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Paul Pierce: Brooklyn Nets didn't make me an offer

Geoff Burke-USA TODAY Sports

In a Q. and A. with David Aldridge, Paul Pierce says he thought he would be back with the Nets but when time came for the two sides to lay it on the table, the Nets didn't make him an offer, adding that the team's priorities were about saving money, not winning.

"Truthfully, I thought I was going to end up back in Brooklyn, with Kevin [Garnett]. I told Kevin, if you're not going to retire, then I probably will come back. But when Brooklyn didn't give me an offer, it was like, I talked to him, and I kind of started looking at my options then."

He also admits the Clippers weren't that interested in him either.

"I thought I probably would end up with the Clippers with Doc [Rivers], but they wound up signing Spencer Hawes [and using the full mid-level exception] at the time."

Nets insiders say it's more accurate to say that they didn't make Pierce a counter offer last summer, that he initially wanted $20 million over two years. He would have accepted less but ultimately, they weren't interested in re-signing him, calling it "a basketball decision" rather than a business decision. Not re-signing Pierce certainly saved the Nets a lot of money, about $20 million in salary and luxury taxes, but they also argue that Pierce can no longer guard the three. That's a big reason he was moved to the four.  And they contend they have enough players up front with Brook Lopez back.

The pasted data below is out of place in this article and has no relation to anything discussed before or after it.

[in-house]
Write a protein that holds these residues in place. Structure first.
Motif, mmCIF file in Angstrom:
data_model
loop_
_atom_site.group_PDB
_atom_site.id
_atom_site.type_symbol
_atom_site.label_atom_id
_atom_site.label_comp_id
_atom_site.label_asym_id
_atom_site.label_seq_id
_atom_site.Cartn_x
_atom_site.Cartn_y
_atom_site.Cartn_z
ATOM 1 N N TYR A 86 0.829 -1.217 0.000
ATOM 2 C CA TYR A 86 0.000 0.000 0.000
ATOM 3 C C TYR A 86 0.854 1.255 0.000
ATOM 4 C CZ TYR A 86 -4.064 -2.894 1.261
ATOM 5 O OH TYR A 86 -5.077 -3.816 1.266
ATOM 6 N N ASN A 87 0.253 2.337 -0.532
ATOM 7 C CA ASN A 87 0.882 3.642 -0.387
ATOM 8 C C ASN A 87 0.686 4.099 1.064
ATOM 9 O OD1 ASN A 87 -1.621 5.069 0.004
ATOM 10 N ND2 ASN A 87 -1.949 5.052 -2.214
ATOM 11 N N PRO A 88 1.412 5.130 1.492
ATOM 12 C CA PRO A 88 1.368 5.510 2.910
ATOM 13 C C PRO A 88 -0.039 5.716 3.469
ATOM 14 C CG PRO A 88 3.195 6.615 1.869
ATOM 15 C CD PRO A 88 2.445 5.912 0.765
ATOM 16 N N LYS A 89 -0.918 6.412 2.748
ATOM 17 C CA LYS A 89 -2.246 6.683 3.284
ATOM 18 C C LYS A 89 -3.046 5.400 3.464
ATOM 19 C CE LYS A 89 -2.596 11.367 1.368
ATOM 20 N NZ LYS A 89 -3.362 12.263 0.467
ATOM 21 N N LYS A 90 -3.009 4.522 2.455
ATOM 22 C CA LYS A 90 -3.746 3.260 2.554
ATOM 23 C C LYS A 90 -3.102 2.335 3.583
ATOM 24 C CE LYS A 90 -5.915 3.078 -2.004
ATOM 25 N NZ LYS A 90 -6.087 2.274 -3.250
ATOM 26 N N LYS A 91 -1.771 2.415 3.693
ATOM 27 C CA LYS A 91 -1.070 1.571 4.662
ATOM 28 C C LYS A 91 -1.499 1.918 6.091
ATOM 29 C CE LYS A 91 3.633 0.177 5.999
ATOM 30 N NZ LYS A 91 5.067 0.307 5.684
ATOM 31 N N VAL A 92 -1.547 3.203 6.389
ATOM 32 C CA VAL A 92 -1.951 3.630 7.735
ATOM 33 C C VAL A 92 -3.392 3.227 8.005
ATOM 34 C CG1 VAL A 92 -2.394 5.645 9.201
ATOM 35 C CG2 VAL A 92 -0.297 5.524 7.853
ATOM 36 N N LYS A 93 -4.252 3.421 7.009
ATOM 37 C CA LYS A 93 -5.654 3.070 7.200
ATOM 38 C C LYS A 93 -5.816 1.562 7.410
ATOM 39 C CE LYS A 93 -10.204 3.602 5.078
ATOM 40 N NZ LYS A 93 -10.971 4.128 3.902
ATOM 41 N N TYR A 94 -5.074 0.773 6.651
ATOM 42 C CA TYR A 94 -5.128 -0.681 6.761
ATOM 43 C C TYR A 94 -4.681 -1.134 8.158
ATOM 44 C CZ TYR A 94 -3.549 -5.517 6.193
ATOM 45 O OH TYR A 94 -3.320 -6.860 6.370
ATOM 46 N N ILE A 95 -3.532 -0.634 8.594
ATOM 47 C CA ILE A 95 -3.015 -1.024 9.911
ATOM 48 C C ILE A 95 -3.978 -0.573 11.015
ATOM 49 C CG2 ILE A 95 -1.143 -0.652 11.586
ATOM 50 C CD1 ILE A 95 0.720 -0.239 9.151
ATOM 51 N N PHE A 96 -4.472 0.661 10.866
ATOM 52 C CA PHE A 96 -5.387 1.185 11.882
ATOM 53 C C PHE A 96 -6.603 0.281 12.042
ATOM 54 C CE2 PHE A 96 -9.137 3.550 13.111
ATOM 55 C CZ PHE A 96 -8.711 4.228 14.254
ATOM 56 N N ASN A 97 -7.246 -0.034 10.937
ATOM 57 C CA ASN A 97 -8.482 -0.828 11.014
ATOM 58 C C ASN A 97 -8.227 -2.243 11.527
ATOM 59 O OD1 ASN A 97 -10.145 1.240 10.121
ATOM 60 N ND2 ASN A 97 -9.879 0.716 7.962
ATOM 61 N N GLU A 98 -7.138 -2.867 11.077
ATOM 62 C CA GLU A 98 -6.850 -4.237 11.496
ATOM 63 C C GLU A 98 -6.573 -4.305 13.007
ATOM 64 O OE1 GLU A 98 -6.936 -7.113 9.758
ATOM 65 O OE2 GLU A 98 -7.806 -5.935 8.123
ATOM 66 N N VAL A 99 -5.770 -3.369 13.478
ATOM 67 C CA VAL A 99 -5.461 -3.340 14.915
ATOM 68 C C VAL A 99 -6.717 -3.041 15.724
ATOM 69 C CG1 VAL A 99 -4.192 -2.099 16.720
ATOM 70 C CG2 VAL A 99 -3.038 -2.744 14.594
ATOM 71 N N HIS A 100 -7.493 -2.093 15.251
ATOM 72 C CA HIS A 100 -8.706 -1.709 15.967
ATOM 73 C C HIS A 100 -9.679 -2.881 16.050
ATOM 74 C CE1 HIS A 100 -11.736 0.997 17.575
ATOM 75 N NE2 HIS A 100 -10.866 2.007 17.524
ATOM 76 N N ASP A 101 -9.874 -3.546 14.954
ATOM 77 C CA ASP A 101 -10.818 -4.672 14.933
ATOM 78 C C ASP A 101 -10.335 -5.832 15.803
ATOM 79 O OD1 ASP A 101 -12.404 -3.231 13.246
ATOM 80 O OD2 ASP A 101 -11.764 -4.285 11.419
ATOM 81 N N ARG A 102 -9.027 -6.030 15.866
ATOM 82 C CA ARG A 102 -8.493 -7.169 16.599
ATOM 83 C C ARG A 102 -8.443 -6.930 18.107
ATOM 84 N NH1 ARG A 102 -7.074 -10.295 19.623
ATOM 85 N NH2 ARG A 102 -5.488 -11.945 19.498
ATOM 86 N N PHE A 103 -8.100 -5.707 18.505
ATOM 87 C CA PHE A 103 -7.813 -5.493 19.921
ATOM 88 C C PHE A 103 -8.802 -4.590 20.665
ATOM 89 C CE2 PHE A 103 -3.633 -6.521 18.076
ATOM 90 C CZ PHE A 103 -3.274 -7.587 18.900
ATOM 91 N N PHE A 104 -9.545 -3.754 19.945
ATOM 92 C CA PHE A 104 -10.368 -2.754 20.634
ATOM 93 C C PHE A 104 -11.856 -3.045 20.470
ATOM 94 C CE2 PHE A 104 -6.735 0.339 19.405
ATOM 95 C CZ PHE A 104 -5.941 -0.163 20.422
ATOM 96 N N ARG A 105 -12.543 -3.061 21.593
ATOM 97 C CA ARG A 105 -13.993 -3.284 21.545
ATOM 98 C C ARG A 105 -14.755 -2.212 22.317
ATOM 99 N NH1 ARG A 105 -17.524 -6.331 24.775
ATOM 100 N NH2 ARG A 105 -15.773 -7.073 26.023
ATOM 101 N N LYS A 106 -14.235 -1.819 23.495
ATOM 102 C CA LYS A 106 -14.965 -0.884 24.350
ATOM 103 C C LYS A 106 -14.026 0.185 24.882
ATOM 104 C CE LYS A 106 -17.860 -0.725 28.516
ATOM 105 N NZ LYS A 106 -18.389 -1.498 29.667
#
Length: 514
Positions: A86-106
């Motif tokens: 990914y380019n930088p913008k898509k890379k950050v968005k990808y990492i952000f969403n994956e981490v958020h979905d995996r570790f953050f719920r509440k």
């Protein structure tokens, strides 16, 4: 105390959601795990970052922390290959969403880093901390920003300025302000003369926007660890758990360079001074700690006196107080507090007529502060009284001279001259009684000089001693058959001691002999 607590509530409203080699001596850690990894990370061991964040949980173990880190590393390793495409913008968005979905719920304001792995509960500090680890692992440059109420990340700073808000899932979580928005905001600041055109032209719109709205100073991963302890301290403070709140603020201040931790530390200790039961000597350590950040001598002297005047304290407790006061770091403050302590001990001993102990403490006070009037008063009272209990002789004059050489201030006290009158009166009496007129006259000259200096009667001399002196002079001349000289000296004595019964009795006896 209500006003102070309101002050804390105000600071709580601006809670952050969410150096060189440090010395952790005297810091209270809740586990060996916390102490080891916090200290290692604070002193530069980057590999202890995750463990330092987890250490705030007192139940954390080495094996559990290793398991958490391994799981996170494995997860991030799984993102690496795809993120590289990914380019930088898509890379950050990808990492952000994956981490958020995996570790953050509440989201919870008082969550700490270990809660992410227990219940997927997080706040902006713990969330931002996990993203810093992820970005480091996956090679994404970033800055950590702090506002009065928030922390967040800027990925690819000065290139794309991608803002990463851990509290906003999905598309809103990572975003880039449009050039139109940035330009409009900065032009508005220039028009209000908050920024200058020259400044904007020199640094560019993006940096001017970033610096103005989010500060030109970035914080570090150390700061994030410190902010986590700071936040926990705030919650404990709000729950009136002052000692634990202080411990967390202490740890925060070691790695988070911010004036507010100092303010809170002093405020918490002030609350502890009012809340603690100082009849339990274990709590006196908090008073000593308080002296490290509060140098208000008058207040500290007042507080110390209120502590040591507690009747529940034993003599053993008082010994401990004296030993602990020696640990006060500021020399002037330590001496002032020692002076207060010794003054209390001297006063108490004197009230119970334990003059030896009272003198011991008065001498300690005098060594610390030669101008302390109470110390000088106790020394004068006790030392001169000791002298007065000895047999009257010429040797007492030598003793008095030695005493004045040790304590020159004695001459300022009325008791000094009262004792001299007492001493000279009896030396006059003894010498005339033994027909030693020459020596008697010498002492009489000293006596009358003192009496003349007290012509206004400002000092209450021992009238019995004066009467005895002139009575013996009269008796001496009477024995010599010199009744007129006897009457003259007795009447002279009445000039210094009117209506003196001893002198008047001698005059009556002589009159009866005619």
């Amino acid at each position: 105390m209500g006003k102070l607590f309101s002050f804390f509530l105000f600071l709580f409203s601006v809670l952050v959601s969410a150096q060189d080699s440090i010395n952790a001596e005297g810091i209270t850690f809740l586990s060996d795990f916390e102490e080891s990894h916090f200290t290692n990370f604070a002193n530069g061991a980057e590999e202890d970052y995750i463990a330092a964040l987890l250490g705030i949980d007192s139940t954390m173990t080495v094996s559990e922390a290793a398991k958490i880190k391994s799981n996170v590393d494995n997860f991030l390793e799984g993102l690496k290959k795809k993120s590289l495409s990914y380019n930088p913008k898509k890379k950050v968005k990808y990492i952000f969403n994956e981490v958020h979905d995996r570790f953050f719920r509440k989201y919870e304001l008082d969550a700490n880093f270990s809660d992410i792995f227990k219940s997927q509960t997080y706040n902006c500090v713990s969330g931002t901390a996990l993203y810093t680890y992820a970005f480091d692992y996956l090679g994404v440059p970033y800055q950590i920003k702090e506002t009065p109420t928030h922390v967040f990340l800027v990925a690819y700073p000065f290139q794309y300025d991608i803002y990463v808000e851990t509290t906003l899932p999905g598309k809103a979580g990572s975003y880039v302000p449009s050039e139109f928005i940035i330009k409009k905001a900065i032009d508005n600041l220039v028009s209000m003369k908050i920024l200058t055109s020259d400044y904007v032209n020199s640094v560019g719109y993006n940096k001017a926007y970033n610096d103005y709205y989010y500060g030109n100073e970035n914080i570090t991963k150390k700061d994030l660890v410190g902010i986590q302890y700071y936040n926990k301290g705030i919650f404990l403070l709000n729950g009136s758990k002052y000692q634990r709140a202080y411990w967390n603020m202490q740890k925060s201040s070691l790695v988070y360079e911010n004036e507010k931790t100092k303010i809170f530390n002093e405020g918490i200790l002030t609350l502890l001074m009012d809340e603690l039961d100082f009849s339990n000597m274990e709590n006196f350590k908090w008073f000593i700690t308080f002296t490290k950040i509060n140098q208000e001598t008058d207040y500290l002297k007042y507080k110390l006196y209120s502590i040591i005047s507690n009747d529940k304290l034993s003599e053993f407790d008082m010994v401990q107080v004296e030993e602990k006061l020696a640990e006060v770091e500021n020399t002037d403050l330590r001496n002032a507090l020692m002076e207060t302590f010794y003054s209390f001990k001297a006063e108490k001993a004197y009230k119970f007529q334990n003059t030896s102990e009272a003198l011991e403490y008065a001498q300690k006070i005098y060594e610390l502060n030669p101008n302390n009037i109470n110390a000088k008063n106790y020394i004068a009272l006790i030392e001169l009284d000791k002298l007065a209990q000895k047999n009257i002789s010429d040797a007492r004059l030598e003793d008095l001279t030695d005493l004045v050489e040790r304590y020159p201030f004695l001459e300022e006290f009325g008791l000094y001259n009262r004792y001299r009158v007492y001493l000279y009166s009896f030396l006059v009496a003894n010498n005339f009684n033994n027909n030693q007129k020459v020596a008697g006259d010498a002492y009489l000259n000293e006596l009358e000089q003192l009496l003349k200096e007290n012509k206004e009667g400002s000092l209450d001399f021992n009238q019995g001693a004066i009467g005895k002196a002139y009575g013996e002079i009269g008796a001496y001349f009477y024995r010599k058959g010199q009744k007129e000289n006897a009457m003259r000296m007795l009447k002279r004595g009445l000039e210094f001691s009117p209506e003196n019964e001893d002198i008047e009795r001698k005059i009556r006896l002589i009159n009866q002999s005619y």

Pierce thought it was more about business, telling Aldridge...

"I didn't know what to expect. Brooklyn's been, or New Jersey, Brooklyn, they're a franchise that's going in a different direction, I think. They said they wanted to cut costs, they felt like they weren't going to be a contender. Right now, they're kind of in the middle right now. And I really didn't want to be in the middle."

At that point, he said he decided to take a look at the Wizards, where he signed a two-year, $10 million deal. Whether the Nets are going to be "in the middle" will take a while to sort out. At this point, the front office doesn't seem to regret its decision.